Researchers are edging toward the creation of new optical technologies using "nanostructured metamaterials" capable of ultra-efficient transmission of light, with potential applications including advanced solar cells and quantum computing.

This graphic depicts a new nanostructured metamaterial - layers of silver and titanium oxide and tiny components called quantum dots - to dramatically change the properties of light. Researchers are working to perfect the metamaterials, which might be capable of ultra-efficient transmission of light, with potential applications including advanced solar cells, LEDs, and quantum computing. (Image courtesy of CUNY)
The metamaterial - layers of silver and titanium oxide and tiny components called quantum dots - dramatically changes the properties of light. The light becomes "hyperbolic," which increases the output of light from the quantum dots. Such materials could find applications in solar cells, light emitting diodes and quantum information processing far more powerful than today's computers.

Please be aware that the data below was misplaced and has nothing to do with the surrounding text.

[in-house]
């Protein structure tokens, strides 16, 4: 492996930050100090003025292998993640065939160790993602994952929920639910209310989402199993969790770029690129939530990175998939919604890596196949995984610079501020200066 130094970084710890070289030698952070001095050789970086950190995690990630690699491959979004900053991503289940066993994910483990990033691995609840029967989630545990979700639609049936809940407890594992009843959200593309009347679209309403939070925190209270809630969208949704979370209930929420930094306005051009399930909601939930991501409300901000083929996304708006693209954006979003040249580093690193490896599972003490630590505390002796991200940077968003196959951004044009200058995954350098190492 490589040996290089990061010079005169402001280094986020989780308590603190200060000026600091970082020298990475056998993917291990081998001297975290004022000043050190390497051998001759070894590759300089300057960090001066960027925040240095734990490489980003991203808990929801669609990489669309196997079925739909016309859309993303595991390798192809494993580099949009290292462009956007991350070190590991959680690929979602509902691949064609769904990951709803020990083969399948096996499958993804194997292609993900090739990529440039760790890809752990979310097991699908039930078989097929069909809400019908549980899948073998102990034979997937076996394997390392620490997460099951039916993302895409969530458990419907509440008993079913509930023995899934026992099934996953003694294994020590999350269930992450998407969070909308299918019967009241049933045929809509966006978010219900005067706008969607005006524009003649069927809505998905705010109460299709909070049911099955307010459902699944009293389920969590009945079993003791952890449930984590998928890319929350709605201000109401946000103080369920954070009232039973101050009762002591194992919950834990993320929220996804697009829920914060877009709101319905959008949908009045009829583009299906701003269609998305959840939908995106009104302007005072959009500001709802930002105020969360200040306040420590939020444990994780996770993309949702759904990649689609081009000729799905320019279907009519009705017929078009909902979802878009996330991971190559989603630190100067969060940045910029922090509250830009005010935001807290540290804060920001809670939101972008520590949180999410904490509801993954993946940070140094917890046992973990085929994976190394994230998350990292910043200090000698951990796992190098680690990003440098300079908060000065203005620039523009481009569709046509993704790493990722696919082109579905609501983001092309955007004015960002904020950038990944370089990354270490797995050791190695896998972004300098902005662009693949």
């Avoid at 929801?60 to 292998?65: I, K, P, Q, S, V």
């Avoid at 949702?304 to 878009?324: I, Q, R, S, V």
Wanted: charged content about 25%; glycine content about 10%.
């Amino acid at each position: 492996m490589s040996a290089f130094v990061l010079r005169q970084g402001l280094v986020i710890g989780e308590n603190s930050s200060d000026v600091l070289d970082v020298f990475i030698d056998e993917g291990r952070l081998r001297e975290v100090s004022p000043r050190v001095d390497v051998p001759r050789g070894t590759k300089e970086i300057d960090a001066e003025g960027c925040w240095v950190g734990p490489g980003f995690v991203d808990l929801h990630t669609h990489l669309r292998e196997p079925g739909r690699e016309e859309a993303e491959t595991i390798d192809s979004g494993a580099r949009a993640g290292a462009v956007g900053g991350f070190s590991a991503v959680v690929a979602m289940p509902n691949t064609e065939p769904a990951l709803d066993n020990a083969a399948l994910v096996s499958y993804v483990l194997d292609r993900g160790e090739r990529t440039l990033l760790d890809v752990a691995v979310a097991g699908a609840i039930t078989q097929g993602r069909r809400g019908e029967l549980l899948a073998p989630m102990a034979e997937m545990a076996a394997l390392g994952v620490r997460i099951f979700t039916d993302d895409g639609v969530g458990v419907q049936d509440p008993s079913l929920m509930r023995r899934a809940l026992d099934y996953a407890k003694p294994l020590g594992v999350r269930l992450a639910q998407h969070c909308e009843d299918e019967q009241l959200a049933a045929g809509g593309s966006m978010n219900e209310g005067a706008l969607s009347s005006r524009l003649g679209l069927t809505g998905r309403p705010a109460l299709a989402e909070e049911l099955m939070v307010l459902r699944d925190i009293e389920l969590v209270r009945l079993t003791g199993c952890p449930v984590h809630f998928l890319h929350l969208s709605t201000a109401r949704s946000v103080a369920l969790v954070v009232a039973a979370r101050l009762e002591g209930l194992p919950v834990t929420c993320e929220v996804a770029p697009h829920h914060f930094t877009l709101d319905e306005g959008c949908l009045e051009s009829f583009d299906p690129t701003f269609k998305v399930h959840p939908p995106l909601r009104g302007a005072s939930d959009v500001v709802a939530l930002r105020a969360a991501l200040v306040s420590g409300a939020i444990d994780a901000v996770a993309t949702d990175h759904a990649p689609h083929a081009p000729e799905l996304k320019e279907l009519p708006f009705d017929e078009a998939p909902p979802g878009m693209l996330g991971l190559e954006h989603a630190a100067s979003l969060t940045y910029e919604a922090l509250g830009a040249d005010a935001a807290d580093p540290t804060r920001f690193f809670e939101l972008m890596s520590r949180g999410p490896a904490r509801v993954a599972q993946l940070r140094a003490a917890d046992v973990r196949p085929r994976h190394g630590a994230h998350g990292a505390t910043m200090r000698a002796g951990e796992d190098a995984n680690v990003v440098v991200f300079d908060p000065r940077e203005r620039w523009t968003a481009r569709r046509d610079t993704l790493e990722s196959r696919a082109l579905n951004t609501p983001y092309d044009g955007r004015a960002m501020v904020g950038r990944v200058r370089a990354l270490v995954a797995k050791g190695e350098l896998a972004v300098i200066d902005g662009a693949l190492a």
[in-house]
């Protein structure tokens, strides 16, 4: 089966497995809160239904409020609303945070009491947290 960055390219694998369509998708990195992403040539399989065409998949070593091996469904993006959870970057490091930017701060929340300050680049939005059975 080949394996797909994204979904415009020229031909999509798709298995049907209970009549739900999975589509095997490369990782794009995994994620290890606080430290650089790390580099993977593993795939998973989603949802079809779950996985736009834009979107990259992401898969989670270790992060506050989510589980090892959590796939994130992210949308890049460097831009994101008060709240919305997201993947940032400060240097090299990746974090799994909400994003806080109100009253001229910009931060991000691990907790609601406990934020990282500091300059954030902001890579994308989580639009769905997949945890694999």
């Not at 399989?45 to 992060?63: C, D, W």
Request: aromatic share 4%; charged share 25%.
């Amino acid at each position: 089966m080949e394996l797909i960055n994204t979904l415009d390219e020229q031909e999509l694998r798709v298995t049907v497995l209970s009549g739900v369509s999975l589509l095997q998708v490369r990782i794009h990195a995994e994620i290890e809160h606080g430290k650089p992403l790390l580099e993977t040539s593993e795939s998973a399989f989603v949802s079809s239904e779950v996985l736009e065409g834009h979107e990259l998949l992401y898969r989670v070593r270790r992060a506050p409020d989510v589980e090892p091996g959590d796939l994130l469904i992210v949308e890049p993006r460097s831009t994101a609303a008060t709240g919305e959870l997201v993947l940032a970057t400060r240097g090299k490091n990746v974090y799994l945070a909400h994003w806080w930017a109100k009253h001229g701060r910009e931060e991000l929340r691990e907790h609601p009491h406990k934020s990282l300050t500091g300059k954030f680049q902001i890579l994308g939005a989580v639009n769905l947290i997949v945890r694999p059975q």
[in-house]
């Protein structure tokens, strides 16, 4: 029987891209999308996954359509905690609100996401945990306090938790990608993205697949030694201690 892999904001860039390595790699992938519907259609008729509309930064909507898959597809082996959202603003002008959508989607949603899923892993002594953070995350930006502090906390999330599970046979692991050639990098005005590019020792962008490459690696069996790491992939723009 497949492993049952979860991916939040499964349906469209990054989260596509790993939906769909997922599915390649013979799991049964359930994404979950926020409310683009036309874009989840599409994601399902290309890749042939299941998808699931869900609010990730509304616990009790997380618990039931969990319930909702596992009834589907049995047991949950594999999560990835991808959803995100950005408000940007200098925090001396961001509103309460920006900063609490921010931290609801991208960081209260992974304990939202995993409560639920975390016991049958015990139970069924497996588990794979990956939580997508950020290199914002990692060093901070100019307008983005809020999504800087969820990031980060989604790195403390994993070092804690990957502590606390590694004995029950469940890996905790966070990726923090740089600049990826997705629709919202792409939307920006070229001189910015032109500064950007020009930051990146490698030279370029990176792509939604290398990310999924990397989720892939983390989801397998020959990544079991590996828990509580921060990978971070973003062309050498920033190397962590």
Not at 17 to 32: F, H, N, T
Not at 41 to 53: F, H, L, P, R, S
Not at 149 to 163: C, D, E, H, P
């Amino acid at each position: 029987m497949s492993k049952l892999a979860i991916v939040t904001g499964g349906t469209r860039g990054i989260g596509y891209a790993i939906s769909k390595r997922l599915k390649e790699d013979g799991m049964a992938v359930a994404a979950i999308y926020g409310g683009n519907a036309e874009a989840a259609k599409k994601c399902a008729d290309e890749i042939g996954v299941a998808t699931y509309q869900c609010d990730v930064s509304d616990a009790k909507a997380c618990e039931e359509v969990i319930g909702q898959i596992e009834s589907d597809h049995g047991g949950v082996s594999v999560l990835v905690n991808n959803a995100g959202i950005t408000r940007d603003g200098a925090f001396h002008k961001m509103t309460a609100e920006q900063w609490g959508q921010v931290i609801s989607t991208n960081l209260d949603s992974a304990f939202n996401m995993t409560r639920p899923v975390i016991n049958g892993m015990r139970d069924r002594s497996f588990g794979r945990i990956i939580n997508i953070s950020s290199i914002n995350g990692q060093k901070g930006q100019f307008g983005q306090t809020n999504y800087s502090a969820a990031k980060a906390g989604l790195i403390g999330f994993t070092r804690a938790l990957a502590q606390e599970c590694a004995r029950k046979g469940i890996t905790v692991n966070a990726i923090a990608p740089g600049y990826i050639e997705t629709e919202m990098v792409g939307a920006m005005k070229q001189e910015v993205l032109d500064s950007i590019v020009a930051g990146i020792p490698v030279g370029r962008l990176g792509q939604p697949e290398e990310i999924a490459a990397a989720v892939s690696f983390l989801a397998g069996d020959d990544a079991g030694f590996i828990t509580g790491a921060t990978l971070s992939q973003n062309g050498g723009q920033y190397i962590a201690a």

Such metamaterials could make it possible to use single photons – the tiny particles that make up light – for switching and routing in future computers. While using photons would dramatically speed up computers and telecommunications, conventional photonic devices cannot be miniaturized because the wavelength of light is too large to fit in tiny components needed for integrated circuits. As one researcher explained, the wavelength used for telecommunications is 1.55 microns, which is about 1,000 times too large for today's microelectronics. Nanostructured metamaterials, however, could make it possible to reduce the size of photons and the wavelength of light, allowing the creation of new types of nanophotonic devices, he said.

The work was a collaboration of researchers from Queens and City Colleges of City University of New York (CUNY), Purdue University, and University of Alberta. The experimental study was led by the CUNY team, while the theoretical work was carried out at Purdue and Alberta.

The approach could help researchers develop "quantum information systems" far more powerful than today's computers. Such quantum computers would take advantage of a phenomenon described by quantum theory called "entanglement." Instead of only the states of one and zero, there are many possible "entangled quantum states" in between. For more information, visit http://info.hotims.com/40437-306